How Many Of These Did You Watch? I watched all seven episodes, somehow. I don’t half wish I’d written up The Mandalorian instead of this nonsense.
Would You Recommend It? I wouldn’t even know how to recommend it because I have no idea who this show is actually for. If it’s for fans of Boba Fett as a character, they must surely feel they’ve been done dirty. This is meant to be one of the best bounty hunters in the galaxy, a badass in cool armour who can take on anything and everything the universe throws at him. And what does he taken on? The Mos Espa Vespa’s, who look like they’re about to burst into a quick chorus of, “When you’re a Jet you’re a Jet all the way!” and serve no useful plot or character function whatsoever. Their bikes are awful, their Big Chase Scene is staggeringly badly directed, and not one of them has a distinctive personality – or indeed any personality at all. They’re not even good at being discrete spies – what with all that robot stuff sticking out of their faces – but Boba thinks they’re the crew for him! This is what you waited since 1980 to see? That can’t be anything other than a disappointment.
And the show can’t be for fans of crime-lord shows, that’s for sure. For one thing, for a crime lord Fett sure doesn’t seem to be into the idea of crime. He defends the Tuskens from their enemies (and gets them killed in the process, but oh well, omelettes and eggs and all that), tries to stop the spice trade because Drugs Are Bad, defends his town for Reasons, and even tries to get water rationed and charged for fairly. It’s not exactly The Sopranos. It wouldn’t even make it as The Three Tenors. You could argue that, after his experience with the Tuskens, he’s a changed man and has seen the error of his ways, but if so the show needs to do a way better job of articulating that because Fett seems really into the idea of being some kind of overlord, just without all that nasty overlording business getting in the way. Fett himself barely emerges as a character at all, and we’re given little reason to know about, or care about, his motivations. That’s partly because the useless flashback structure obfuscates his journey when a more straightforward narrative would have been considerably more helpful, partly because the character just isn’t very well written, and partly because once The Mandalorian turns up it’s pretty tough to care about him one way or the other. It’s not Temuera Morrison’s fault – he’s a fantastic actor who can do a lot with a little, but he’s mostly just given nothing, and there’s not much anyone can do with that. Fett’s strategy in the final episode – when they are being assaulted on all sides by attacking forces – is to just stand there taking shot after shot, not even ducking for cover. He just looks thick, which is not, one suspects, what the writing was going for, and no acting in the world can compensate for that level of idiocy.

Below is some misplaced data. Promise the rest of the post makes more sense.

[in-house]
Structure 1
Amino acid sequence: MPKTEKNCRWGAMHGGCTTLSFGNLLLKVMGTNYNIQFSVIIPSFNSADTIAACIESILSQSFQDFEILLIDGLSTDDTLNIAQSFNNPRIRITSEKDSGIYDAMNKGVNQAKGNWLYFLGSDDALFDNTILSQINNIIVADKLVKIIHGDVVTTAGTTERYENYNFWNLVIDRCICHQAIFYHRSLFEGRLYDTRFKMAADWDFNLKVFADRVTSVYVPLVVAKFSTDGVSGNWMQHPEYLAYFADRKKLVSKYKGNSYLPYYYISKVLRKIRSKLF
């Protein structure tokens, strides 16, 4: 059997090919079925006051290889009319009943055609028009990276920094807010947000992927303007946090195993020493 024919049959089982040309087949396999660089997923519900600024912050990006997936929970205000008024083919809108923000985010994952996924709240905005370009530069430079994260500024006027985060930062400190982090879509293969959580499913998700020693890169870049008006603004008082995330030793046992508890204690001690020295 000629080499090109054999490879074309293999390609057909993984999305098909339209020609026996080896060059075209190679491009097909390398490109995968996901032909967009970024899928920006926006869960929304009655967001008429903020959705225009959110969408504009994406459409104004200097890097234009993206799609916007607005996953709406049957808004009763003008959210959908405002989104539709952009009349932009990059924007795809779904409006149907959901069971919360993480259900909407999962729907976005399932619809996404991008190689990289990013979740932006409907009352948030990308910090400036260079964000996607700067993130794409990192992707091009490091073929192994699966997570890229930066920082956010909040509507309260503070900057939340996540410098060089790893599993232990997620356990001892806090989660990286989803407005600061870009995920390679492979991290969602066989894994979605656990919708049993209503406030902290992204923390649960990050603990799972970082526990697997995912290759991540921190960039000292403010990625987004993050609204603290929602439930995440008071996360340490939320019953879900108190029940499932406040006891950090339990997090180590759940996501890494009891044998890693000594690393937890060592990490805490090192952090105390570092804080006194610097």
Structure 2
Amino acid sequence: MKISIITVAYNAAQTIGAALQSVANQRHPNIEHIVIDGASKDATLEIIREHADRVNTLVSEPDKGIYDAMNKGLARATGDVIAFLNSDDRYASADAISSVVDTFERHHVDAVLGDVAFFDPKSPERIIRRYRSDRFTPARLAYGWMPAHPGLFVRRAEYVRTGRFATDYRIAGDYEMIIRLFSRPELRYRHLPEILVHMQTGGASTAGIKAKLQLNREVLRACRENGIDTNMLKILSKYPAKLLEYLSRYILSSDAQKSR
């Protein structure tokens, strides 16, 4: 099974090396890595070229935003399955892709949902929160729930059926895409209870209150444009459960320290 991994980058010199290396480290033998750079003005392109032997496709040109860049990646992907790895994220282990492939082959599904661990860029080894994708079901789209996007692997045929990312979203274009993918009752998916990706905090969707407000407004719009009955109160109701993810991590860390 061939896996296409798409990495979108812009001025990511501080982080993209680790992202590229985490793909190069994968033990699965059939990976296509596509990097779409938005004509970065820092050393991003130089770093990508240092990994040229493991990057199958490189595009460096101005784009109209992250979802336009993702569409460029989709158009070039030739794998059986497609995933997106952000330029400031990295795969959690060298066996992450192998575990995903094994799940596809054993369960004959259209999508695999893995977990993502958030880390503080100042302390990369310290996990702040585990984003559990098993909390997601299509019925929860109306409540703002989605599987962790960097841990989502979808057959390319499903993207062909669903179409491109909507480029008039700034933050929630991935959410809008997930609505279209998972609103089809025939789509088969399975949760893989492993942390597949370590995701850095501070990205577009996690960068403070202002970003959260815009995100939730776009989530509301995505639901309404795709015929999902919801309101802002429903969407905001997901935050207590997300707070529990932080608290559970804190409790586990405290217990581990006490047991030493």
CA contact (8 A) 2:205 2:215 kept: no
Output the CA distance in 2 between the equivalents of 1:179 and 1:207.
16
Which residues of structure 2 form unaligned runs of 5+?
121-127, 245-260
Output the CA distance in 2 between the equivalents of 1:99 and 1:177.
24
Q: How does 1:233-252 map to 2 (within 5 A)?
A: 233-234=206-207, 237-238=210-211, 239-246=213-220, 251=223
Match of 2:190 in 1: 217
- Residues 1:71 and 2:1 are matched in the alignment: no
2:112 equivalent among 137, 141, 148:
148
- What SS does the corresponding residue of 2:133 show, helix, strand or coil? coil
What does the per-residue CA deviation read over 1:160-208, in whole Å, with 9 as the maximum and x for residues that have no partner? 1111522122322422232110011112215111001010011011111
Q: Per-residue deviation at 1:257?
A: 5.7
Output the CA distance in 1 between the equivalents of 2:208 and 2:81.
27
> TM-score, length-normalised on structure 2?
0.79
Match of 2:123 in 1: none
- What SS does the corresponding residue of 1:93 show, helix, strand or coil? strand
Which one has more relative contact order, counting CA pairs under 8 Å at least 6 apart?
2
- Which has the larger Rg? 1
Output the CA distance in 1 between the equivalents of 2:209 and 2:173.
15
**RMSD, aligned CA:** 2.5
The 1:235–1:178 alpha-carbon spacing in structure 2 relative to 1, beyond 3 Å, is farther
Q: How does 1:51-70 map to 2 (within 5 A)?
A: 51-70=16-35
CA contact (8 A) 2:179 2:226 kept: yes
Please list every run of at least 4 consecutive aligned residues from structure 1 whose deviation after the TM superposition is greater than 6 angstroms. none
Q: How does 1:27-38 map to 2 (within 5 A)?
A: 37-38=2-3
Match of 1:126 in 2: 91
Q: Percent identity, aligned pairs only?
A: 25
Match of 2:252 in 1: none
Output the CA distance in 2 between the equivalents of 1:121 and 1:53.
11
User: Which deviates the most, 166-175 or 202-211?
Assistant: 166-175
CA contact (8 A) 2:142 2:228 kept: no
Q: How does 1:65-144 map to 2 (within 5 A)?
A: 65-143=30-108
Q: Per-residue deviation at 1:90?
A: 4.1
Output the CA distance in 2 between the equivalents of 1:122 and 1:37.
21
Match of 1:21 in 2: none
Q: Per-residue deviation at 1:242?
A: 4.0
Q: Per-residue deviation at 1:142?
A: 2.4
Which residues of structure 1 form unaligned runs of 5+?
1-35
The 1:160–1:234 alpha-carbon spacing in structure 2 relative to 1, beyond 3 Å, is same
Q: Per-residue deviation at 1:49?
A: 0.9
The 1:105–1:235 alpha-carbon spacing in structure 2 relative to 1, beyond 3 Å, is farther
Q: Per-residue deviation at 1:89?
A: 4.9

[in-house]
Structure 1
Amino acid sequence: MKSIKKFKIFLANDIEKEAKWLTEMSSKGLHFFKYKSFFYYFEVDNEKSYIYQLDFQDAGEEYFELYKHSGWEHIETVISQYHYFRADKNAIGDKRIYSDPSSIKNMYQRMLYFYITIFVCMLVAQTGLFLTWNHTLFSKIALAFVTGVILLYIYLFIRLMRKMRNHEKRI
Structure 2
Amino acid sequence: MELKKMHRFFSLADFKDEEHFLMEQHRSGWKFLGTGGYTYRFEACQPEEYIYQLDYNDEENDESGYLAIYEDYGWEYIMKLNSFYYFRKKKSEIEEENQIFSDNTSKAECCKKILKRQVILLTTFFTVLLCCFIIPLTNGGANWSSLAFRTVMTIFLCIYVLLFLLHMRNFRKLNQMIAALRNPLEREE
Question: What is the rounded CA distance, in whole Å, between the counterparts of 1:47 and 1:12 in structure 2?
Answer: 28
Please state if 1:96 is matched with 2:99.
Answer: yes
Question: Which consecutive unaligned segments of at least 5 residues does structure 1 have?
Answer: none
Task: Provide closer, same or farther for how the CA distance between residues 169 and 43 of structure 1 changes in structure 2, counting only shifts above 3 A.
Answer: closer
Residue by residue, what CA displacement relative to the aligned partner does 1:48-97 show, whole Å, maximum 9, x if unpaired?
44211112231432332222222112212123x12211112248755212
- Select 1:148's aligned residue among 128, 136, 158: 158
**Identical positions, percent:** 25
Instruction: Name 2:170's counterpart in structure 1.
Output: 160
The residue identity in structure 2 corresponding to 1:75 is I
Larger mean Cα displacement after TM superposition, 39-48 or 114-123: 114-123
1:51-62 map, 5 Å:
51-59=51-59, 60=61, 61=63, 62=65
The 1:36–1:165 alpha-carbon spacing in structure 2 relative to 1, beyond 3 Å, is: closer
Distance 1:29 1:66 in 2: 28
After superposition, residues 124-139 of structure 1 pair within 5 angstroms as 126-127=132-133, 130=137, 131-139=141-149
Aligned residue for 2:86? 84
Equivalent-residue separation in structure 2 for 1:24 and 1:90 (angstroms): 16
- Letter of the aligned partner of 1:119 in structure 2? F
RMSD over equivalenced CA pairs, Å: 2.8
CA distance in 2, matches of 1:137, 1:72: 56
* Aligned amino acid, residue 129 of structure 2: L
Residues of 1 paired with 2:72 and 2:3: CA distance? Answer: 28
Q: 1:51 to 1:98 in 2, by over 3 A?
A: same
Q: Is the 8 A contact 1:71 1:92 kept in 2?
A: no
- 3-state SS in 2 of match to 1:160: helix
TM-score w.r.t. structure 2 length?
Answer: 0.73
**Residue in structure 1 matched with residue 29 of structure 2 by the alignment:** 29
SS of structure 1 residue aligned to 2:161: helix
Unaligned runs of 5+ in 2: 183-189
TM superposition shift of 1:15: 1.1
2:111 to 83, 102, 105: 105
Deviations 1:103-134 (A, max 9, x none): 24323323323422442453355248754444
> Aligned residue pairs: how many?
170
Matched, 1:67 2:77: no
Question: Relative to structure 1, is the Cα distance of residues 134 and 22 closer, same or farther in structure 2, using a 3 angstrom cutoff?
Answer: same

It’s not all bad, though. The production is typically excellent, and it’s clear that a huge amount of money has been spent here. Mos Espa, Jabba’s palace, the deserts, everything absolutely convinces as a location, and the design work is exemplary. That helps a bit. The direction is frequently patchy, and occasionally downright dreadful, but the environments feel real and lived in, in the very best traditions of Star Wars. The final rancor vs droids battle is extremely well realised, even if the whole King Kong aspect is taken way too far, but seeing it simply go apeshit is satisfying because monsters fighting robots is very rarely anything else. Indeed the creature designs all round – from recurring characters to new aliens – is also brilliant. As mentioned earlier, Ming-Na Wen – who honestly could have anchored a much more compelling show than this one – is entirely wasted in what amounts to a nothing part, but she’s still great even when given little to do. The two episodes of The Mandalorian are mostly great – though it’s another weird choice to have Din Djarin and Grogu’s reunion happen in the middle of a “comedy” rickshaw chase – and you have to put up with uncanny-valley Luke Skywalker (Just! Recast!), but it mostly works so that’s something. But beyond that…?
So we circle back to the question earlier. Who is this show for? If you want Tatooine action, you’ve got A New Hope. If you want to see Boba Fett not be crap you’ve got The Empire Strikes Back. If you want to watch What If A Western But Star Wars? you’ve got The Mandalorian. If you want compelling world-building you’ve got…well pretty much the rest of Star Wars. If, however, you want a lively and engaging show, with interesting characters, a well-thought out story and and an enthralling lead at the centre of it all… well. You don’t have that. Not here, at any rate.
Alright, live action Cad Bane was cool.
Scores On The Doors? 5/10